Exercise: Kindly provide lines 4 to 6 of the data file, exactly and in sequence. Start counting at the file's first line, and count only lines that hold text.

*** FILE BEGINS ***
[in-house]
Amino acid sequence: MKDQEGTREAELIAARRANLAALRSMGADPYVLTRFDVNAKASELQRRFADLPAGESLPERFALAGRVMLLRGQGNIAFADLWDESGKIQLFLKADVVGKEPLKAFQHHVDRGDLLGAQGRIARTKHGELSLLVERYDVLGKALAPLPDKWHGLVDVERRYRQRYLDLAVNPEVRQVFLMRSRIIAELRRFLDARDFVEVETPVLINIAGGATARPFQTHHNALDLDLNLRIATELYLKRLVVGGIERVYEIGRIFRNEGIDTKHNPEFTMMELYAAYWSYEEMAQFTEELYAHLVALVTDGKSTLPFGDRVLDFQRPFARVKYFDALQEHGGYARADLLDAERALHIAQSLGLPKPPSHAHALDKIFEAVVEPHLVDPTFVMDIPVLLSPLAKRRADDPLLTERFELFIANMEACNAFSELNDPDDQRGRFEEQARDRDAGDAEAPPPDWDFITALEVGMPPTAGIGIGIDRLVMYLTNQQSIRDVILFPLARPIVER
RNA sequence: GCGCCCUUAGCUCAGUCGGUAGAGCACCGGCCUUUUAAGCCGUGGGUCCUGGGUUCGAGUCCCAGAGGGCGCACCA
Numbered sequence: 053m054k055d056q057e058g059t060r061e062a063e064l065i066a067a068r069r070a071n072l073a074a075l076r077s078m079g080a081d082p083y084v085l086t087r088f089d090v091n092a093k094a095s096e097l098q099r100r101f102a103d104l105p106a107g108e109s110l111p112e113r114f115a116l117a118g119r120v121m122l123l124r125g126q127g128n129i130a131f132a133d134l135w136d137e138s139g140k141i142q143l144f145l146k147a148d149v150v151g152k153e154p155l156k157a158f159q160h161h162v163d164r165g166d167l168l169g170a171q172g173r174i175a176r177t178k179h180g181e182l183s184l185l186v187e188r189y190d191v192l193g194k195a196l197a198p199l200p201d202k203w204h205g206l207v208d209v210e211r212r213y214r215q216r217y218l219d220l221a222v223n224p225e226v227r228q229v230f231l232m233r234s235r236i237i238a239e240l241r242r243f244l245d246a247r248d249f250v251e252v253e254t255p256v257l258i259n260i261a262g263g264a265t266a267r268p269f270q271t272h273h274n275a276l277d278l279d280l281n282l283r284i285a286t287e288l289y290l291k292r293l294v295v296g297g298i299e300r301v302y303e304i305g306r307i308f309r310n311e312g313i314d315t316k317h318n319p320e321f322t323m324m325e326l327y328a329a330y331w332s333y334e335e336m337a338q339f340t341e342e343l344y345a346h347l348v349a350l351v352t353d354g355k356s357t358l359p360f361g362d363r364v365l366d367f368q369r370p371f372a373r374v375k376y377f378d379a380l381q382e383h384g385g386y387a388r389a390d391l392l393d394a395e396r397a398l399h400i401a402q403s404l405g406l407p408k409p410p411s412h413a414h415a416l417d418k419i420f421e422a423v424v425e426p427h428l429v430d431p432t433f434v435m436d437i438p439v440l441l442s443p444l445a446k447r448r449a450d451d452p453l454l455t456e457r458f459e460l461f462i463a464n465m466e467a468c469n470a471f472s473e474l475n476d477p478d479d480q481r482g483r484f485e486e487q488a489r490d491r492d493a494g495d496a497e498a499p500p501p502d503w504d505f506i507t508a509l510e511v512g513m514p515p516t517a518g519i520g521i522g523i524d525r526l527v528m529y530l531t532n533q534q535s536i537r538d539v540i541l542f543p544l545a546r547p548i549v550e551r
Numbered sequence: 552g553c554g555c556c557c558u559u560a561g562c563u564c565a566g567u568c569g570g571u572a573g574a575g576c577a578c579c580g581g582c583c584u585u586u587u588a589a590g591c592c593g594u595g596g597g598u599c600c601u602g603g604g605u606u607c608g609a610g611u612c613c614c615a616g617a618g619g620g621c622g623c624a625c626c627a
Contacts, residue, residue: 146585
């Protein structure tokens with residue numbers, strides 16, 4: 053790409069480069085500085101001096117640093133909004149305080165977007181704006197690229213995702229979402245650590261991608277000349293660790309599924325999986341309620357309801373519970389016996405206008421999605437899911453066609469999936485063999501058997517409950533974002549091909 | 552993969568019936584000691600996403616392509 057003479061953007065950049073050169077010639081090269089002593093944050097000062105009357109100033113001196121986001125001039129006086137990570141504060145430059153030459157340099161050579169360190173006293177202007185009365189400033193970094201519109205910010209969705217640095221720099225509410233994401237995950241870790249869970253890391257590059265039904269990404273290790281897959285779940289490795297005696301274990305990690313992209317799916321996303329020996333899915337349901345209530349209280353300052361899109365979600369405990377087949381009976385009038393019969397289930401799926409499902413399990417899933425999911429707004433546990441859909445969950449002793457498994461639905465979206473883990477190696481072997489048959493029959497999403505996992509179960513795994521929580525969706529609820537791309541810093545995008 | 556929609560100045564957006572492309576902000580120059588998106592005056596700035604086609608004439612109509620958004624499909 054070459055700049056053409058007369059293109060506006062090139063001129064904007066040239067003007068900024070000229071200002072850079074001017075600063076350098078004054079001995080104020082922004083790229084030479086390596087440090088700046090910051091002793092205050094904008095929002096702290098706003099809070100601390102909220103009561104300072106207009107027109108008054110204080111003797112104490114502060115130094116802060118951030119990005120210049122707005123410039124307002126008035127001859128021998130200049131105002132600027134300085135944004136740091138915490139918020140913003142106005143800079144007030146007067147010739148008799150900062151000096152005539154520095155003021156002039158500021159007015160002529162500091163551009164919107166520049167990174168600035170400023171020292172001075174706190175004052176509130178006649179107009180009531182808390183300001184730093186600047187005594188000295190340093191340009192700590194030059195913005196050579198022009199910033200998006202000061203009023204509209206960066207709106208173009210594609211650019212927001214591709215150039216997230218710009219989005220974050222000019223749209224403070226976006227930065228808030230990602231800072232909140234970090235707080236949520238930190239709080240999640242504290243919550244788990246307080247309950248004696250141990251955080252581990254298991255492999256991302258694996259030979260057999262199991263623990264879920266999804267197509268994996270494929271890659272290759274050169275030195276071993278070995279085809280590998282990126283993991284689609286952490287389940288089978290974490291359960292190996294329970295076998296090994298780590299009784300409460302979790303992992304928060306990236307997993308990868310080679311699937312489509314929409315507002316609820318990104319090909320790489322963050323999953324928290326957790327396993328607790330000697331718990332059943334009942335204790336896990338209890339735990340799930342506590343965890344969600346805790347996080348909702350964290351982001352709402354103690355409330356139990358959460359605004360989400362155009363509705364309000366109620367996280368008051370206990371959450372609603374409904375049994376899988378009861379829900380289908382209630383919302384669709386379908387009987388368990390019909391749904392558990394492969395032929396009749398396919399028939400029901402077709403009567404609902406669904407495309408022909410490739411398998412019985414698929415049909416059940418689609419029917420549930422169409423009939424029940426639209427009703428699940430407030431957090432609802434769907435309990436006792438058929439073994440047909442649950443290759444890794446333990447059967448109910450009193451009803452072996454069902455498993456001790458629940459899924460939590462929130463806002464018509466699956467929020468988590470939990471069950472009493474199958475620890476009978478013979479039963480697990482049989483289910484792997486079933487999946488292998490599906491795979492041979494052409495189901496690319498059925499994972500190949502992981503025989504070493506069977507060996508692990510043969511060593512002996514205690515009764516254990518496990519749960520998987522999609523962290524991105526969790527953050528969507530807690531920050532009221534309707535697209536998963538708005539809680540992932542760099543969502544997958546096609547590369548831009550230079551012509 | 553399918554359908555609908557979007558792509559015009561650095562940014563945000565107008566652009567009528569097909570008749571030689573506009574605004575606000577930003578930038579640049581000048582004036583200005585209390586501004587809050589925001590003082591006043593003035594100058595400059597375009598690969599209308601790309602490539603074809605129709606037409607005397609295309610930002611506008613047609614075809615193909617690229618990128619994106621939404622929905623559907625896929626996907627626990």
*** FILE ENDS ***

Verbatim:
Numbered sequence: 053m054k055d056q057e058g059t060r061e062a063e064l065i066a067a068r069r070a071n072l073a074a075l076r077s078m079g080a081d082p083y084v085l086t087r088f089d090v091n092a093k094a095s096e097l098q099r100r101f102a103d104l105p106a107g108e109s110l111p112e113r114f115a116l117a118g119r120v121m122l123l124r125g126q127g128n129i130a131f132a133d134l135w136d137e138s139g140k141i142q143l144f145l146k147a148d149v150v151g152k153e154p155l156k157a158f159q160h161h162v163d164r165g166d167l168l169g170a171q172g173r174i175a176r177t178k179h180g181e182l183s184l185l186v187e188r189y190d191v192l193g194k195a196l197a198p199l200p201d202k203w204h205g206l207v208d209v210e211r212r213y214r215q216r217y218l219d220l221a222v223n224p225e226v227r228q229v230f231l232m233r234s235r236i237i238a239e240l241r242r243f244l245d246a247r248d249f250v251e252v253e254t255p256v257l258i259n260i261a262g263g264a265t266a267r268p269f270q271t272h273h274n275a276l277d278l279d280l281n282l283r284i285a286t287e288l289y290l291k292r293l294v295v296g297g298i299e300r301v302y303e304i305g306r307i308f309r310n311e312g313i314d315t316k317h318n319p320e321f322t323m324m325e326l327y328a329a330y331w332s333y334e335e336m337a338q339f340t341e342e343l344y345a346h347l348v349a350l351v352t353d354g355k356s357t358l359p360f361g362d363r364v365l366d367f368q369r370p371f372a373r374v375k376y377f378d379a380l381q382e383h384g385g386y387a388r389a390d391l392l393d394a395e396r397a398l399h400i401a402q403s404l405g406l407p408k409p410p411s412h413a414h415a416l417d418k419i420f421e422a423v424v425e426p427h428l429v430d431p432t433f434v435m436d437i438p439v440l441l442s443p444l445a446k447r448r449a450d451d452p453l454l455t456e457r458f459e460l461f462i463a464n465m466e467a468c469n470a471f472s473e474l475n476d477p478d479d480q481r482g483r484f485e486e487q488a489r490d491r492d493a494g495d496a497e498a499p500p501p502d503w504d505f506i507t508a509l510e511v512g513m514p515p516t517a518g519i520g521i522g523i524d525r526l527v528m529y530l531t532n533q534q535s536i537r538d539v540i541l542f543p544l545a546r547p548i549v550e551r
Numbered sequence: 552g553c554g555c556c557c558u559u560a561g562c563u564c565a566g567u568c569g570g571u572a573g574a575g576c577a578c579c580g581g582c583c584u585u586u587u588a589a590g591c592c593g594u595g596g597g598u599c600c601u602g603g604g605u606u607c608g609a610g611u612c613c614c615a616g617a618g619g620g621c622g623c624a625c626c627a
Contacts, residue, residue: 146585